KINGWOOD, Texas – With rising inflation and interest rates, consumers are looking to save wherever possible. What some fail to realize is they have been paying extra for internet access. KPRC 2 Investigates discovered customers wrongly paying a certain sales tax for years and now, those customers will be getting a refund. What we uncovered will have you checking your bills a little closer.
Are you being charged an internet sales tax?
When the internet was established, there was a sales tax of around six to eight cents that was imposed on internet access charges. However, in 2016 former President Barack Obama passed the Internet Tax Freedom Act, which gave all states still charging an internet tax until June 30, 2020, to stop.
This was not the case for Kingwood customer Patrick McCracken, who noticed $98 in sales taxes on his Phonoscope internet bill in 2021, a year after the tax was supposed to be eliminated. When he gave the company a call, they were not aware of the current sales tax act.
“They were they were not familiar at all with the act and made the comment that, you know, ‘we pay taxes,’” McCracken said. “And, ‘you know, we charged those taxes to you as well.’”
In an email statement to KPRC 2, Phonoscope said it will begin the process of getting taxes paid back from the state and refunding its customers.
“Upon review, it does appear that... Phonoscope had not yet corrected its sales tax accounting accordingly,” Phonoscope said in the email.
Customers will be getting their money back
The president and founder of Sales Tax Institute Diane Yetter specializes in helping businesses know which taxes they must collect and pay. The Phonoscope internet tax that has been collected over the past two years was a pass-through tax, therefore, Phonoscope did not keep the money. Moving forward, the company must help its customers get their money back.
“If the estimate was $100 for the year- might be a $200... which certainly in today’s time... a bonus check of $200 would be very helpful to many of your viewers,” Yetter said.
When different services are bundled, sometimes customers can be confused about what tax is going towards what service. Legally, you can be taxed on cable, security and other services, just not for the internet.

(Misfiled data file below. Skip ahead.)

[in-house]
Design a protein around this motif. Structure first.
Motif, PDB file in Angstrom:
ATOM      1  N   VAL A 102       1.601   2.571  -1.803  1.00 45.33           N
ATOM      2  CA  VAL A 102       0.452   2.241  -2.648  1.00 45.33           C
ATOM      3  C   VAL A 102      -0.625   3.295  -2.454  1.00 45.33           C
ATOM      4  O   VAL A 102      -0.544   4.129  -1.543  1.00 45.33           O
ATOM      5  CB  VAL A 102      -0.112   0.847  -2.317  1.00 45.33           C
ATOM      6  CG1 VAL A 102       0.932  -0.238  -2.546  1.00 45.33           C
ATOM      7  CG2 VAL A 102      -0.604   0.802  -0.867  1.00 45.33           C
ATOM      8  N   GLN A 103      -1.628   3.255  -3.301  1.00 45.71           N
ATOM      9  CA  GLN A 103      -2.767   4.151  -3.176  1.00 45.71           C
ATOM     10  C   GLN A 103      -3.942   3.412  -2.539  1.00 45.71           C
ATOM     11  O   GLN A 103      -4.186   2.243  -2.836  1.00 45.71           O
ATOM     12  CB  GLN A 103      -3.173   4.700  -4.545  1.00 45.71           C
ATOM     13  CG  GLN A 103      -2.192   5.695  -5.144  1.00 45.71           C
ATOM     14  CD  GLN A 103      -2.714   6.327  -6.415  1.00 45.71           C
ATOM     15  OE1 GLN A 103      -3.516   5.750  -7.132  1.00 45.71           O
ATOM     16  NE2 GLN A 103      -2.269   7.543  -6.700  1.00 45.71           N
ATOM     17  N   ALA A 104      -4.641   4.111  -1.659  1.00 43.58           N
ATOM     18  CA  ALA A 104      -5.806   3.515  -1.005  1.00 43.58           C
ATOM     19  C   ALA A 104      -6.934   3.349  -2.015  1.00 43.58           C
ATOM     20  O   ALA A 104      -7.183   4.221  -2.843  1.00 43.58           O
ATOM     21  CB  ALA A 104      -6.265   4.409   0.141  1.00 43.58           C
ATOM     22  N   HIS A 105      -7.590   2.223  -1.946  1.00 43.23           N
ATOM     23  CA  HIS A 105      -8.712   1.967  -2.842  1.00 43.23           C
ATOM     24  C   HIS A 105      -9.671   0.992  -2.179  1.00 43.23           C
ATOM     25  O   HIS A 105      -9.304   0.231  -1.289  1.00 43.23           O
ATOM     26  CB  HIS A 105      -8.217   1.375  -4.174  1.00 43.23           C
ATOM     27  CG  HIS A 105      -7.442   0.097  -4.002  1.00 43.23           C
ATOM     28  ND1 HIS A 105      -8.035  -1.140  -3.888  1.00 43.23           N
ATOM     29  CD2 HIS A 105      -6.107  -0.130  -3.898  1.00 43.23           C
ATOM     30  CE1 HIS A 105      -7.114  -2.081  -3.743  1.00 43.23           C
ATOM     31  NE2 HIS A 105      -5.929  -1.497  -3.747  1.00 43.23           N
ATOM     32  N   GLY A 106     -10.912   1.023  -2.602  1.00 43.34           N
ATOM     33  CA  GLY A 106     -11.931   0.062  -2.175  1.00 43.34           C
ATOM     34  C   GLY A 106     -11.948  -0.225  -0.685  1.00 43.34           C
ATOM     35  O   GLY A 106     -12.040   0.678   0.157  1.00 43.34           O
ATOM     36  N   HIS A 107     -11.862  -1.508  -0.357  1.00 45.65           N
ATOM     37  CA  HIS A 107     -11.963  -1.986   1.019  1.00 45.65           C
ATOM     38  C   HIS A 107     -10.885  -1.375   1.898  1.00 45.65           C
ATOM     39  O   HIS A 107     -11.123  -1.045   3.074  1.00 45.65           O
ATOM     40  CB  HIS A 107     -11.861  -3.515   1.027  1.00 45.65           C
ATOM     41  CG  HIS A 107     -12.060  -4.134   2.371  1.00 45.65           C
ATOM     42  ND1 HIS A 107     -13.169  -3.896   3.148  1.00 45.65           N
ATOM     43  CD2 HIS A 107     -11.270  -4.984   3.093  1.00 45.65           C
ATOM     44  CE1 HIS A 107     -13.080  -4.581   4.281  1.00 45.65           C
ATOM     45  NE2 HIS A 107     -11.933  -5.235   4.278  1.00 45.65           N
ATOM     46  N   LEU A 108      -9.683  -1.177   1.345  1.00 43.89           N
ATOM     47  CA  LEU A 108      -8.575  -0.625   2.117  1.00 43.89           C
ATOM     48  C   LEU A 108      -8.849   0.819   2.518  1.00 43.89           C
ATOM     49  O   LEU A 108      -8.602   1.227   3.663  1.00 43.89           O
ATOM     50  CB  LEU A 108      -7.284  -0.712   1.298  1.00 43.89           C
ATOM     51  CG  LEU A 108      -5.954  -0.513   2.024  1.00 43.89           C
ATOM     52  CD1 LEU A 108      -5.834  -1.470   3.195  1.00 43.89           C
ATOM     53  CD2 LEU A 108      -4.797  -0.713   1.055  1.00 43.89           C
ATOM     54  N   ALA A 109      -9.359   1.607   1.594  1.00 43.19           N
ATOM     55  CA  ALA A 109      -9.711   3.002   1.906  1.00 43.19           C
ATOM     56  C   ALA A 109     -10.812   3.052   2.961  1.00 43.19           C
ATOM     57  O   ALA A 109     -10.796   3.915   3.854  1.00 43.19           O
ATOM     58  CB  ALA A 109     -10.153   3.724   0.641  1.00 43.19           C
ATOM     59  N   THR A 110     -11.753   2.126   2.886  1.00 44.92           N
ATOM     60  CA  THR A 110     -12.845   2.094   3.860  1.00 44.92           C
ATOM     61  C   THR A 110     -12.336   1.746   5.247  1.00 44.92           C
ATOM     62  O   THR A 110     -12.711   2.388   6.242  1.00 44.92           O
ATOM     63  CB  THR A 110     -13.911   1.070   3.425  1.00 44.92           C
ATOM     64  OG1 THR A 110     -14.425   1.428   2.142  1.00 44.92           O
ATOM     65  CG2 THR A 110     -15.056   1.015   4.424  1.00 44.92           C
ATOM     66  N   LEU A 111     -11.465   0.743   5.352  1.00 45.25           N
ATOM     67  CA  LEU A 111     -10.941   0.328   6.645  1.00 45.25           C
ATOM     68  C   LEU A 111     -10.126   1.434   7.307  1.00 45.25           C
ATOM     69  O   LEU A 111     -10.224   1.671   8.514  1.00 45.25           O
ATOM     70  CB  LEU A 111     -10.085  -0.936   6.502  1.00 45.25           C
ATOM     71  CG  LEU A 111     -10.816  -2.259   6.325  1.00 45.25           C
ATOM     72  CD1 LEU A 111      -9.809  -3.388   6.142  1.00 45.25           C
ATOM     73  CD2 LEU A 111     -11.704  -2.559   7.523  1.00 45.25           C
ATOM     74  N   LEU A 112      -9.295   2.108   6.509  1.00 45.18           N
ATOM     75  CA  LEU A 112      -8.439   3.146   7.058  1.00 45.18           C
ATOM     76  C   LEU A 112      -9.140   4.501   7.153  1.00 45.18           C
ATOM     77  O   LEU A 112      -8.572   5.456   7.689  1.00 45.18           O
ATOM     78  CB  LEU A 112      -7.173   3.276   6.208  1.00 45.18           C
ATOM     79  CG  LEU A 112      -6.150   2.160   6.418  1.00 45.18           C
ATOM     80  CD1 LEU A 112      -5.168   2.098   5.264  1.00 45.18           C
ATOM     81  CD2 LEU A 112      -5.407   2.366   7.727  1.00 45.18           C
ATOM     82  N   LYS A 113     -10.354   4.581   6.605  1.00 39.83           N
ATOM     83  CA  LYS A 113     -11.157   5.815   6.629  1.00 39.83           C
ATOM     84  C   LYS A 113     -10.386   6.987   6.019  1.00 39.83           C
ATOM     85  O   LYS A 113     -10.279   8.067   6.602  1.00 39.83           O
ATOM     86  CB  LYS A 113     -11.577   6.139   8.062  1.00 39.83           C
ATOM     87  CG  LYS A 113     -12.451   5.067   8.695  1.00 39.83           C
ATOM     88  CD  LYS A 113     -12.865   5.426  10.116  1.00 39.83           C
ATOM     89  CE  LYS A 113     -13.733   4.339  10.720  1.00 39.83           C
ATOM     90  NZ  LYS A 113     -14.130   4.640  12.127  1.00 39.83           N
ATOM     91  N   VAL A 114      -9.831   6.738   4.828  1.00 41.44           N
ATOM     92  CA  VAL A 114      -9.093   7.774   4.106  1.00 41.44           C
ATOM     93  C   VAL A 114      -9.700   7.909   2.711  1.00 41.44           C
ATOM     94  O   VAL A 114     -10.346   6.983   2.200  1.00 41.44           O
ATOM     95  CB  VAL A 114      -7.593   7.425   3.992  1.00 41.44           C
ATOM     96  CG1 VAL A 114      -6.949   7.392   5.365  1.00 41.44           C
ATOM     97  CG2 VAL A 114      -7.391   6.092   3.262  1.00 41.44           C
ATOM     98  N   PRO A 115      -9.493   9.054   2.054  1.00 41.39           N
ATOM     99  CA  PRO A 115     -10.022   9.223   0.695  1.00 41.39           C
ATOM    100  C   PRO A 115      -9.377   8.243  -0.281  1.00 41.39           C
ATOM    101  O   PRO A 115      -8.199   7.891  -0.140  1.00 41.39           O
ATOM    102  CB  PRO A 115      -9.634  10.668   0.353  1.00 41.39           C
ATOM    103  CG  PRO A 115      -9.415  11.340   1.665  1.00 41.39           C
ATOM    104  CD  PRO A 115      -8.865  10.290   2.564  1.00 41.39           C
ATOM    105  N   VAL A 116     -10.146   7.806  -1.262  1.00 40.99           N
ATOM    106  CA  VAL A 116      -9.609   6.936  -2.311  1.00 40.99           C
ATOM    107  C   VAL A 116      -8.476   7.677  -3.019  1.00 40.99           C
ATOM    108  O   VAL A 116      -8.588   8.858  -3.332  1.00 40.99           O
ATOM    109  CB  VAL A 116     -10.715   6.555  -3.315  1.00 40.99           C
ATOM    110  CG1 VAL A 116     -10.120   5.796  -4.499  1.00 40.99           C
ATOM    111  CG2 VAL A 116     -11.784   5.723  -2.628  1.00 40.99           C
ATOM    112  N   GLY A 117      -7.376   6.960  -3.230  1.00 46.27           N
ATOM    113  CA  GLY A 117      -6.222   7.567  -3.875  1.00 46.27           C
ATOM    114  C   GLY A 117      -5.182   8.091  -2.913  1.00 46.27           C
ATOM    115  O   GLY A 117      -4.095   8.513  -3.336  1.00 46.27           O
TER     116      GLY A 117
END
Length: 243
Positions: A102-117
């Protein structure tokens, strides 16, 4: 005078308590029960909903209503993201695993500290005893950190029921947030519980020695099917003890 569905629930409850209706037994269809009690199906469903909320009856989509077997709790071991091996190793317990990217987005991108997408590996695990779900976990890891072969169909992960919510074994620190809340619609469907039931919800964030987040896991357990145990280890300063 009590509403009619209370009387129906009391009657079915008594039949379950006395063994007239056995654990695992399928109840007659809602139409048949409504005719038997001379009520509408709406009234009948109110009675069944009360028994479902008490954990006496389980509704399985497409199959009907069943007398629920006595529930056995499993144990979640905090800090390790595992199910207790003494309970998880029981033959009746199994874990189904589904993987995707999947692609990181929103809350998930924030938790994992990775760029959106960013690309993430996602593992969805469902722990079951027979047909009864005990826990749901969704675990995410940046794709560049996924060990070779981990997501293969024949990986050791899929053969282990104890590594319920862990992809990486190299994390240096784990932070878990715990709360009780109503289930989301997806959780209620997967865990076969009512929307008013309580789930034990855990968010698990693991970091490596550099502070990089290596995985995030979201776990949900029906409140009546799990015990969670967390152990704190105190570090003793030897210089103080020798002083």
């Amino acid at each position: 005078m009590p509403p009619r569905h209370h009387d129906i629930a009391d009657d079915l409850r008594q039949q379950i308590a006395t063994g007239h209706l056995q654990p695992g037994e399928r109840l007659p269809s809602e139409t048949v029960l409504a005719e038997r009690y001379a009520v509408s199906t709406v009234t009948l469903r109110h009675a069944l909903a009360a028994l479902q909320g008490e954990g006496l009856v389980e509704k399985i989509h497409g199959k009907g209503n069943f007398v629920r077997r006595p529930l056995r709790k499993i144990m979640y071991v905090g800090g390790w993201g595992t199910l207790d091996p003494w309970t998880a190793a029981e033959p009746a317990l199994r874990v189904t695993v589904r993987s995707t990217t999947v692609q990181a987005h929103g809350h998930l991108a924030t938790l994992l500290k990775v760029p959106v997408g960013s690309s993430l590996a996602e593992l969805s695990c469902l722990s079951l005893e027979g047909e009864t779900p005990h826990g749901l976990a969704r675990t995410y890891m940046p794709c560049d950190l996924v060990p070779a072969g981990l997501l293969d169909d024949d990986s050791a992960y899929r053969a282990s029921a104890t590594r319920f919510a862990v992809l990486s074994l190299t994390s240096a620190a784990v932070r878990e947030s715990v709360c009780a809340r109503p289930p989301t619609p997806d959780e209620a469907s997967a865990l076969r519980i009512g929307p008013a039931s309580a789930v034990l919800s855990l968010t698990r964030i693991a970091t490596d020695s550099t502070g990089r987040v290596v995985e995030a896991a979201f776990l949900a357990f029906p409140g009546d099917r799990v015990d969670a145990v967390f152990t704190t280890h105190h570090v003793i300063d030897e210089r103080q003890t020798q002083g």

“It may be difficult looking at a bill knowing exactly what is being charged because if part of it is a cable charge, that might be subject to a different type of tax at different rates,” Yetter said.
Due to McCracken’s diligence, hundreds of internet customers will now receive refunds for internet taxes they paid.
“Nowadays, everybody wants to auto bill. I’ve always stayed away from that because I like to look at my bills, and, you know, make sure we’re being billed properly,” McCracken said.
Now, hundreds of Phonoscope customers can thank McCracken for checking his bills and noticing the sales tax no one should have been charged.
How to get a refund on sales taxes charged
If you are one of those people you will be receiving some forms from Phonoscope that you need to sign so they can send you your refund. A Phonoscope spokesperson says they will go back, and based on our analysis, determine the amount of sales tax for each customer account incorrectly charged since July 1, 2020 (the date the old grandfather clause expired).
Phonoscope anticipates conducting this process during the remainder of the month of June and into July. At which point, per the process provided by the State of Texas Comptroller, Phonoscope will issue to each customer the following to submit their request for a refund to the State:
- Form 00-957 (Filled out with as much information as we can provide - only customer signature should be needed);
- Form 01-911 (Filled out with our calculated schedule of charges to be reimbursed); and
- Form 00-985 (Assignment of Right to Refund for Transactions where Purchaser did not have Sales Tax Permit).
As mentioned, Phonoscope said they will provide these forms and information but you can also check out the forms on the Texas Comptroller’s website.
We checked with various other internet service providers